What I learned

I completed my Tour of Socal yesterday, a make-it-up-as-you-go-along kind of thing that started in Wofford Heights, went over to the coast through Bakersfield and SLO County, Ojai, Carpinteria, down to San Diego, over to Alpine, up to Julian, down to Borrego Springs, Salton Sea, Joshua Tree National Park, back across the park to the other side of the Salton Sea, back to Borrego Springs and Julian, then to Idyllwild, a brief detour to LA, back to Lake Isabella via Tehachapi and Caliente-Bodfish Road, then about three and a half weeks bivouacking around the southern Sierras in the Kern River Valley.

I rode a lot of miles but don’t know how many, drank a lot of coffee, saw a lot of breathtaking natural beauty, thought a lot, and even learned a thing or two, which I’ll list below.

  1. Wherever you go, you take your troubles with you, so try to go somewhere pretty.
  2. The fewer people you interact with, the easier life is.
  3. Relaxation is a function of your environment. Without exterior calm, you basically have to be a yogi to screen out all the junk so that you can clear your head. And I’m no yogi.
  4. The more you do, the more you can do. When my riding became more short-distance hopping from one campsite to the next, I lost a lot of endurance and strength. You have to push yourself 90% of the time or you rot.
  5. No one really cares what you do.
  1. Money ruins everything.
  2. What money doesn’t ruin, things do.
  3. People don’t really enjoy being outdoors. They enjoy buying outdoor equipment and carrying it around in their car/truck/RV.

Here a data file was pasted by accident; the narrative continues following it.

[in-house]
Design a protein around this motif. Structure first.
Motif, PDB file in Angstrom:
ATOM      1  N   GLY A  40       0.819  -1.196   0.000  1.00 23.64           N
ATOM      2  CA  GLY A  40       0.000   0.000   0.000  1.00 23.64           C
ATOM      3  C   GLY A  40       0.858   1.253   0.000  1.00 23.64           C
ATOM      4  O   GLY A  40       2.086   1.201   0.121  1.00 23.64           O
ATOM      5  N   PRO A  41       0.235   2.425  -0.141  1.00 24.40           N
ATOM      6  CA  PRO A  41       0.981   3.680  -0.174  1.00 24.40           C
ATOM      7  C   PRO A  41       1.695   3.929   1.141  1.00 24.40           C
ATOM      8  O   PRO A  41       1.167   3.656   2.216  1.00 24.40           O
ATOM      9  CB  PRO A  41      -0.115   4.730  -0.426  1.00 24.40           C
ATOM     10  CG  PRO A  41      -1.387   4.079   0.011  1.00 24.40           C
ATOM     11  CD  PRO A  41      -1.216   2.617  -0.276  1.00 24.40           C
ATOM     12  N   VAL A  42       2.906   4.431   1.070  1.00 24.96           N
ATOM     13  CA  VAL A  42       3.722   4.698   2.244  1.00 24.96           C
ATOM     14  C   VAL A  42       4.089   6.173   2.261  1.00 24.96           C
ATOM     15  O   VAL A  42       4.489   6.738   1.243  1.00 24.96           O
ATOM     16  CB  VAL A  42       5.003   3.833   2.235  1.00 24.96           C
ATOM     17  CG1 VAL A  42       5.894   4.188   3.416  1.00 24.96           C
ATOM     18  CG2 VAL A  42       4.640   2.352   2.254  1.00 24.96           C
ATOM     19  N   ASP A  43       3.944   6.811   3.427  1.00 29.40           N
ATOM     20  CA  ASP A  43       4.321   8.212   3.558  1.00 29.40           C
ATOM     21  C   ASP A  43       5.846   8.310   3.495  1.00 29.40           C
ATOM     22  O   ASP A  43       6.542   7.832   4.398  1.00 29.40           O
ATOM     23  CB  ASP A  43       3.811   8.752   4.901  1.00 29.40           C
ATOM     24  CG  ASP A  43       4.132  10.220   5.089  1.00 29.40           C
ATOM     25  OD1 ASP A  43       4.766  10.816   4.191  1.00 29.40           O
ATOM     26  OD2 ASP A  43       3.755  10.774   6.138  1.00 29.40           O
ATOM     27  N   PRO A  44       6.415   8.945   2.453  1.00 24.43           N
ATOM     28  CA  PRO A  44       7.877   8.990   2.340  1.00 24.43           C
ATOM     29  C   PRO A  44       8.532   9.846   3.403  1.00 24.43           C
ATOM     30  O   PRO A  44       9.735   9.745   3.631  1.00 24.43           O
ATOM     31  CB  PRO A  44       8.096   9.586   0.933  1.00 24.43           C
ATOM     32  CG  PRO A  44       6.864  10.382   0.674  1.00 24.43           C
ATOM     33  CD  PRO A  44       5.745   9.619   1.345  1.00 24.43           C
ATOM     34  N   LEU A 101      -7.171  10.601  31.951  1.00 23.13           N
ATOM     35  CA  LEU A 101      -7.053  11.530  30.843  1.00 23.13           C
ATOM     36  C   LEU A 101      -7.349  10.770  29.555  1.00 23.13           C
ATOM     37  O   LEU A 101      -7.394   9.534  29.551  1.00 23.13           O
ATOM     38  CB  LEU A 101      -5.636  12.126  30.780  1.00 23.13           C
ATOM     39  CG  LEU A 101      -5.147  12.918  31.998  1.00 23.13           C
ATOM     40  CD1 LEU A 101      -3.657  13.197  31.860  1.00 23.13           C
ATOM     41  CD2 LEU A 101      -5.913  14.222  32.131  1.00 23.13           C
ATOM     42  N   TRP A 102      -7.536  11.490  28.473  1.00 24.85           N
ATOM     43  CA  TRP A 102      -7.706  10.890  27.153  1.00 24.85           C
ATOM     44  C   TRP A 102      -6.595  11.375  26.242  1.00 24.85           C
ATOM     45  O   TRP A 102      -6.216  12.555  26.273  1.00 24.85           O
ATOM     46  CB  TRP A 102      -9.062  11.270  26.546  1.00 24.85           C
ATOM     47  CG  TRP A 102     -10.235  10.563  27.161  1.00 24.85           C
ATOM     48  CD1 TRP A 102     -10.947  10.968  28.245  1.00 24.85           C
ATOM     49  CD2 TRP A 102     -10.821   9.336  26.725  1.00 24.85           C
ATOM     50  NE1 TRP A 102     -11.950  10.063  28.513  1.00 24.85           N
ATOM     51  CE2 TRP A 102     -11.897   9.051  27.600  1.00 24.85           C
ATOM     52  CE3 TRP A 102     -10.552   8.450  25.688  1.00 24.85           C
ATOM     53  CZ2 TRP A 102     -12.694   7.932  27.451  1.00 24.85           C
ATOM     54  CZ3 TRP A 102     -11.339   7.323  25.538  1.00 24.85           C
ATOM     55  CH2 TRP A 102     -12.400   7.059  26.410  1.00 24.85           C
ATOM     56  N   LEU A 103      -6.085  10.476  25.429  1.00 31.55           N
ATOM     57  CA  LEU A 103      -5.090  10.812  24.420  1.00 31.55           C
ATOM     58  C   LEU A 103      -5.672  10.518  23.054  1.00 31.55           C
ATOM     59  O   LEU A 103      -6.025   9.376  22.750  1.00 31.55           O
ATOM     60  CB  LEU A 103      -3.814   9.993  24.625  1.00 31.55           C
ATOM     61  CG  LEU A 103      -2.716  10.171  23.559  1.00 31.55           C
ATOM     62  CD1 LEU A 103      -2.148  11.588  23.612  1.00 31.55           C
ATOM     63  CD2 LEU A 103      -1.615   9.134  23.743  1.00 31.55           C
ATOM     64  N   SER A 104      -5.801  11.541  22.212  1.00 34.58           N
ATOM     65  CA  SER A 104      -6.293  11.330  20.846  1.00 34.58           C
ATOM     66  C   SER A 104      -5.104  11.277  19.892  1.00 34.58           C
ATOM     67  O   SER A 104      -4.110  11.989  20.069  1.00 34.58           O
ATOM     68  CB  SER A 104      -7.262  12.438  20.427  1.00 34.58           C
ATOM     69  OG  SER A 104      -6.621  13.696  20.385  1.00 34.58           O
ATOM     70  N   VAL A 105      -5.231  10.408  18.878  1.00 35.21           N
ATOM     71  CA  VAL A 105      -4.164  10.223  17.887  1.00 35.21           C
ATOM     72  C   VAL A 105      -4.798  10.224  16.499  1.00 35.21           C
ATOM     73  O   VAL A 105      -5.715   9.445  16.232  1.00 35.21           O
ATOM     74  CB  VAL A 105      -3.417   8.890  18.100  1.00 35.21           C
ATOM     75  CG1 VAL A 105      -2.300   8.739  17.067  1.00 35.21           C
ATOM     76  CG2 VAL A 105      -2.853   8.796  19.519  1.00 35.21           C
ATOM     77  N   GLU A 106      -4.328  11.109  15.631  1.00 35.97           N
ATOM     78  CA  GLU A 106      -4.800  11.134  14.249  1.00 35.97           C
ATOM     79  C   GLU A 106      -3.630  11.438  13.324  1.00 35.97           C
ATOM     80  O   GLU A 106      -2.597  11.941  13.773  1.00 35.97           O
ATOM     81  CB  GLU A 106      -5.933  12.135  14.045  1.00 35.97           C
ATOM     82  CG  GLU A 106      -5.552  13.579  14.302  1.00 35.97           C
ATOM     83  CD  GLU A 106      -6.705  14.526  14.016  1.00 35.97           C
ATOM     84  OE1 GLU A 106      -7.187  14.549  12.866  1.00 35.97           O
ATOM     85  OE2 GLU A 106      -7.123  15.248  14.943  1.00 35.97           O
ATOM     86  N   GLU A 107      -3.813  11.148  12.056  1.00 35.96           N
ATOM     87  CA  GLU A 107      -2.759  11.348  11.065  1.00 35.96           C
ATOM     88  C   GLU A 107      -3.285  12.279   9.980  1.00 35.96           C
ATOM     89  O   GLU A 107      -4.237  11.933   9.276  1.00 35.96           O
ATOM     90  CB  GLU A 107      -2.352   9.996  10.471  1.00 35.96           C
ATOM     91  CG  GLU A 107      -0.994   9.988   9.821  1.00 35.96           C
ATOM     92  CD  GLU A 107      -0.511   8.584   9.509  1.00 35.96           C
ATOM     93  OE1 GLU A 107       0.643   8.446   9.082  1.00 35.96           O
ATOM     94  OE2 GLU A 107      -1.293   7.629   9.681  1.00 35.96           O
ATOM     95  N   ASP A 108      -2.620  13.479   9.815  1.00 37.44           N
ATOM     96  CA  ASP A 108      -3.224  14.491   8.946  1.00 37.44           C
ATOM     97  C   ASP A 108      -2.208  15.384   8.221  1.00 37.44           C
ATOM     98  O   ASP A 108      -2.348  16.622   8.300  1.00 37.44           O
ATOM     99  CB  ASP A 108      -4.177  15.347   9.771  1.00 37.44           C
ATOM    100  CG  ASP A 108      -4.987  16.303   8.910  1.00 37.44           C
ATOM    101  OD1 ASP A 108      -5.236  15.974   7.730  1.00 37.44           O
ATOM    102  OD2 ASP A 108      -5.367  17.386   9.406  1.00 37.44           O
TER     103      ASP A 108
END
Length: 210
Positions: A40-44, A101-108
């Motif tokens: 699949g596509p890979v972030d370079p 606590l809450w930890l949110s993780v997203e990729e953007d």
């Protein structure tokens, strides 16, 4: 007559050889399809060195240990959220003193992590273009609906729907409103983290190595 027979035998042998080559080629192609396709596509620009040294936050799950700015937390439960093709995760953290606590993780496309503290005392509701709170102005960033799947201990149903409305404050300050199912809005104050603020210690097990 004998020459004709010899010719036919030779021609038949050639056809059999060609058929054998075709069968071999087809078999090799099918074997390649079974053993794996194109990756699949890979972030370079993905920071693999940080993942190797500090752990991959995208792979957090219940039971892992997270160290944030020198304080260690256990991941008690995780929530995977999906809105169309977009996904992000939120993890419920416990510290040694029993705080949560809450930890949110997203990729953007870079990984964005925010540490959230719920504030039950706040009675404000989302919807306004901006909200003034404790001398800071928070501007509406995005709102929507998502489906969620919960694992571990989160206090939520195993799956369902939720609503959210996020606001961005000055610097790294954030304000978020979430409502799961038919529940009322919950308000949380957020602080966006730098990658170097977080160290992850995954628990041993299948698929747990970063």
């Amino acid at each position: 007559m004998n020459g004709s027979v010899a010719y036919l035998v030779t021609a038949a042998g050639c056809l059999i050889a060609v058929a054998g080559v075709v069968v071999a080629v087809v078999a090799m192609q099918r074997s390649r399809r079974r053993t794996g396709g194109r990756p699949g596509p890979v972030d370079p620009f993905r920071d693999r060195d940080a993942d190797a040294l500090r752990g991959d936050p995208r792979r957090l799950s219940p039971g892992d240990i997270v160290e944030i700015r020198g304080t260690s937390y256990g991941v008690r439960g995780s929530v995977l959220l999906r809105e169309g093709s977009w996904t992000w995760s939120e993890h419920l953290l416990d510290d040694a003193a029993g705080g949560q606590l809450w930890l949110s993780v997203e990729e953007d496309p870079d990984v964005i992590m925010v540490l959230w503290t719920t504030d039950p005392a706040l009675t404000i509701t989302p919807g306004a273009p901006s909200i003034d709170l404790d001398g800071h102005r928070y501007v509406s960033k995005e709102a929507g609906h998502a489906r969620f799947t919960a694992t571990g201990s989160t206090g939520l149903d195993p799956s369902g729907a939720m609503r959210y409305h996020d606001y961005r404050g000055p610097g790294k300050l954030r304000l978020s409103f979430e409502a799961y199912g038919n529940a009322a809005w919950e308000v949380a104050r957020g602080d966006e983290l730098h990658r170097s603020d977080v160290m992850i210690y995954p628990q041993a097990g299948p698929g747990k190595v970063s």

4. People are not mobile enough to do anything outdoors that requires significant mobility, exertion, flexibility, or agility. Campgrounds are basically nothing more than places to engage in 24/7 eat-drink-sleep-repeat.
  5. The single thing that determines all outdoor activities is, “Where can I piss/shit?” This prevents 99.9% of all people from doing anything outdoors or straying more than a couple of hours from what they deem to be an acceptable toilet. [Factoid: People were born equipped to properly eliminate without TP or toilets.]
  1. The easier it is, the less rewarding it is. But paradoxically, the harder it is, the more miserable you are.
  2. Solitude isn’t a state of mind. It’s the absence of other people.
  3. Water from a stream beats water from a faucet.
  4. Wool is the best fabric.
  5. The tanner and more rough around the edges you look, the wider a berth people give you and the fewer motorists flip you off.
  1. Don’t bikepack without a big, sharp knife.
  2. If you are outdoors long enough, you stop caring at all about how food looks, smells, or tastes as long as it’s edible. And your definition of “edible” changes radically, too.
  3. When you quit trying, you die. That’s why people in RVs and camper vans and cars jammed full of “outdoor” stuff all look so dead.
  4. 4×4 enthusiasts think that their machinery makes them tough even though they are too weak to hike the trails they drive.
  5. Natural beauty cleans you better than any soap or shampoo.
  1. Sometimes you have to give up the thing you love to keep the other thing you love.
  2. Some people want you to fail. Some want you to succeed. Most don’t care or even know.
  3. If you weren’t scared, you did it wrong.
  4. If you want to go fast, go alone. If you want to experience deeply, take someone with you.
  5. Know when to quit, then don’t.
  1. Few people will ever question convention. Fewer still will break it.
  2. You are who you want to be.
  3. Hot chocolate with marshmallows still tastes good at 57.
  4. You do what you want to do.
  5. YOU AIN’T DEAD YET.

END


Like what you just read? Is it worth $2.99/month? If so, Click here to subscribe via PayPal.

%d bloggers like this: